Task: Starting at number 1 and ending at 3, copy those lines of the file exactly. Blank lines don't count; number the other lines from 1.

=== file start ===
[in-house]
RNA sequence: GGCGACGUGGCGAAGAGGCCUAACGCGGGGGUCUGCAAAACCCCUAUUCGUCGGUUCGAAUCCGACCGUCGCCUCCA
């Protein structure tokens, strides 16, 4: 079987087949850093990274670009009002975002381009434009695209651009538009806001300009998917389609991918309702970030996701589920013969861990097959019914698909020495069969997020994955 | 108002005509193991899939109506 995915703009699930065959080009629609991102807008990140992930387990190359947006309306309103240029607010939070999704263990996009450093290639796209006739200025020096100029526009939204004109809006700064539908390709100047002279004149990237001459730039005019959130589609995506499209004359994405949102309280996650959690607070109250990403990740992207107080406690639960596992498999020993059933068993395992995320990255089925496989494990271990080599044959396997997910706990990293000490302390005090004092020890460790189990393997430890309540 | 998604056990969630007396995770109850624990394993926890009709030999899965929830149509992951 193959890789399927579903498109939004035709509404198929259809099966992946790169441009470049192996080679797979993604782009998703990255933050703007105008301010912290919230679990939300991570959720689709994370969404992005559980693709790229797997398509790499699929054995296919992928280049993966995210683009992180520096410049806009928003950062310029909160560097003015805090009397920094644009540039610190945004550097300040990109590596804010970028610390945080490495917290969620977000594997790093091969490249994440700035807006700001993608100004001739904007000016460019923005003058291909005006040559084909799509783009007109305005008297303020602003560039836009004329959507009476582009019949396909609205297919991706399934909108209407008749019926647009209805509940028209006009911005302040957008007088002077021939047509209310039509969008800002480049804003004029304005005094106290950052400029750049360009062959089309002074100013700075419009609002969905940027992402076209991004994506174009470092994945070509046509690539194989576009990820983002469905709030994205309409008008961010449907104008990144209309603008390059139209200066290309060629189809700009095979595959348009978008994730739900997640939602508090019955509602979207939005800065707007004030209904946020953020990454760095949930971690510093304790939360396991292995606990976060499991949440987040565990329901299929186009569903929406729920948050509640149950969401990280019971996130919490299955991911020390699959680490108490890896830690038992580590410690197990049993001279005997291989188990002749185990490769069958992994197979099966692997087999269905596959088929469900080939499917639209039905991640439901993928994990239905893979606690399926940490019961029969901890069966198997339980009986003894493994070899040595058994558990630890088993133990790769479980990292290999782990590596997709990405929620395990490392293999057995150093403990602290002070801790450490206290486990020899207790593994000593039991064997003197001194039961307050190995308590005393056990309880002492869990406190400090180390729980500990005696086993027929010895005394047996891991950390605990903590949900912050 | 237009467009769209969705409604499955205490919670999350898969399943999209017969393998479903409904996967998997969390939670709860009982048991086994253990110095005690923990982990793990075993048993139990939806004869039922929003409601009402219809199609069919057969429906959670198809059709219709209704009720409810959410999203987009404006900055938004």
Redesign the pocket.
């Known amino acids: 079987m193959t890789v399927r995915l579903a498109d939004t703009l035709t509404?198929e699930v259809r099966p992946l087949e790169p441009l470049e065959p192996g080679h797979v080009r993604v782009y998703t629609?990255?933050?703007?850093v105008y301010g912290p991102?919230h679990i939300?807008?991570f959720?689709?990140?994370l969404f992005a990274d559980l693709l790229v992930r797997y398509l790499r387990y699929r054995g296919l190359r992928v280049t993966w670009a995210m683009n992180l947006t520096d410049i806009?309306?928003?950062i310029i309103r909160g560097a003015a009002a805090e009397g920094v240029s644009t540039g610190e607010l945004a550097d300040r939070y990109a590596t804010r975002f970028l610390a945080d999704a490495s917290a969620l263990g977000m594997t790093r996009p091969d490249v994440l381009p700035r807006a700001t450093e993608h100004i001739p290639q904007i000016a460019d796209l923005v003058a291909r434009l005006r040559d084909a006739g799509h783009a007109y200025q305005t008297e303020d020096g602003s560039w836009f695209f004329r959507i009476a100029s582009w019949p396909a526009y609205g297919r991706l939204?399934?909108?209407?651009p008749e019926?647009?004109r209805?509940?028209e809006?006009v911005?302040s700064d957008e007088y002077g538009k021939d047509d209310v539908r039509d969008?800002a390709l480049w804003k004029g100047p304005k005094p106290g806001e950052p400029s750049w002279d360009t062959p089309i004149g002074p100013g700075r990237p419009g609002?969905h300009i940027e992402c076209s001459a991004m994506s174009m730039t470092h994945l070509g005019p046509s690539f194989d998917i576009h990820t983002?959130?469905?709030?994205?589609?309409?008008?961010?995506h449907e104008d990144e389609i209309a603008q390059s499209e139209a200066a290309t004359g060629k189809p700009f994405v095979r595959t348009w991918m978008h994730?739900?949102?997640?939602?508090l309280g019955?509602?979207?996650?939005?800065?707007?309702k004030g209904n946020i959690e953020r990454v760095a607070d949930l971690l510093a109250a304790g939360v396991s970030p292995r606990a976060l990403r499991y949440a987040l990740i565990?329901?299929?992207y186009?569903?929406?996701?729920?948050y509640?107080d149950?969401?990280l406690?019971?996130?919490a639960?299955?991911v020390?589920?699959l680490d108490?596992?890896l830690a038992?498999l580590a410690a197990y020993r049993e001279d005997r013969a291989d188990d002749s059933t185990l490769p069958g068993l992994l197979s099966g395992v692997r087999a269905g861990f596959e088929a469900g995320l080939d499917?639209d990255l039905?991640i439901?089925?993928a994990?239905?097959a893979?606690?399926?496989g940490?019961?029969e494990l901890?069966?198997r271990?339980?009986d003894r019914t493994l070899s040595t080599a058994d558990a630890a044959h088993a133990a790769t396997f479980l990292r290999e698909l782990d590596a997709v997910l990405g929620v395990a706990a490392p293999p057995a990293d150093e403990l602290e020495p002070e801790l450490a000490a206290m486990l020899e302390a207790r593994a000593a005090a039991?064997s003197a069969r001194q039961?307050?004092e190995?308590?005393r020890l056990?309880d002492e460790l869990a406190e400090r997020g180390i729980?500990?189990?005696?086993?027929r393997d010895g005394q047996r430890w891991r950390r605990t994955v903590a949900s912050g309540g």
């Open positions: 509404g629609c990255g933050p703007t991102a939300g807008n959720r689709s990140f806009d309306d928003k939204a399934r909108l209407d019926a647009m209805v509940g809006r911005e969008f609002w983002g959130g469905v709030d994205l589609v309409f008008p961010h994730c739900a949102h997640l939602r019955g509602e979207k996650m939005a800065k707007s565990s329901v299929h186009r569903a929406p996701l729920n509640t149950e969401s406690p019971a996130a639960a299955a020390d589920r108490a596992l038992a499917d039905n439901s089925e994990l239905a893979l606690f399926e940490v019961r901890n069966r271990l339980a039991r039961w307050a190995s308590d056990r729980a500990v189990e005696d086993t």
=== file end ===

[in-house]
RNA sequence: GGCGACGUGGCGAAGAGGCCUAACGCGGGGGUCUGCAAAACCCCUAUUCGUCGGUUCGAAUCCGACCGUCGCCUCCA
């Protein structure tokens, strides 16, 4: 079987087949850093990274670009009002975002381009434009695209651009538009806001300009998917389609991918309702970030996701589920013969861990097959019914698909020495069969997020994955 | 108002005509193991899939109506 995915703009699930065959080009629609991102807008990140992930387990190359947006309306309103240029607010939070999704263990996009450093290639796209006739200025020096100029526009939204004109809006700064539908390709100047002279004149990237001459730039005019959130589609995506499209004359994405949102309280996650959690607070109250990403990740992207107080406690639960596992498999020993059933068993395992995320990255089925496989494990271990080599044959396997997910706990990293000490302390005090004092020890460790189990393997430890309540 | 998604056990969630007396995770109850624990394993926890009709030999899965929830149509992951 193959890789399927579903498109939004035709509404198929259809099966992946790169441009470049192996080679797979993604782009998703990255933050703007105008301010912290919230679990939300991570959720689709994370969404992005559980693709790229797997398509790499699929054995296919992928280049993966995210683009992180520096410049806009928003950062310029909160560097003015805090009397920094644009540039610190945004550097300040990109590596804010970028610390945080490495917290969620977000594997790093091969490249994440700035807006700001993608100004001739904007000016460019923005003058291909005006040559084909799509783009007109305005008297303020602003560039836009004329959507009476582009019949396909609205297919991706399934909108209407008749019926647009209805509940028209006009911005302040957008007088002077021939047509209310039509969008800002480049804003004029304005005094106290950052400029750049360009062959089309002074100013700075419009609002969905940027992402076209991004994506174009470092994945070509046509690539194989576009990820983002469905709030994205309409008008961010449907104008990144209309603008390059139209200066290309060629189809700009095979595959348009978008994730739900997640939602508090019955509602979207939005800065707007004030209904946020953020990454760095949930971690510093304790939360396991292995606990976060499991949440987040565990329901299929186009569903929406729920948050509640149950969401990280019971996130919490299955991911020390699959680490108490890896830690038992580590410690197990049993001279005997291989188990002749185990490769069958992994197979099966692997087999269905596959088929469900080939499917639209039905991640439901993928994990239905893979606690399926940490019961029969901890069966198997339980009986003894493994070899040595058994558990630890088993133990790769479980990292290999782990590596997709990405929620395990490392293999057995150093403990602290002070801790450490206290486990020899207790593994000593039991064997003197001194039961307050190995308590005393056990309880002492869990406190400090180390729980500990005696086993027929010895005394047996891991950390605990903590949900912050 | 237009467009769209969705409604499955205490919670999350898969399943999209017969393998479903409904996967998997969390939670709860009982048991086994253990110095005690923990982990793990075993048993139990939806004869039922929003409601009402219809199609069919057969429906959670198809059709219709209704009720409810959410999203987009404006900055938004």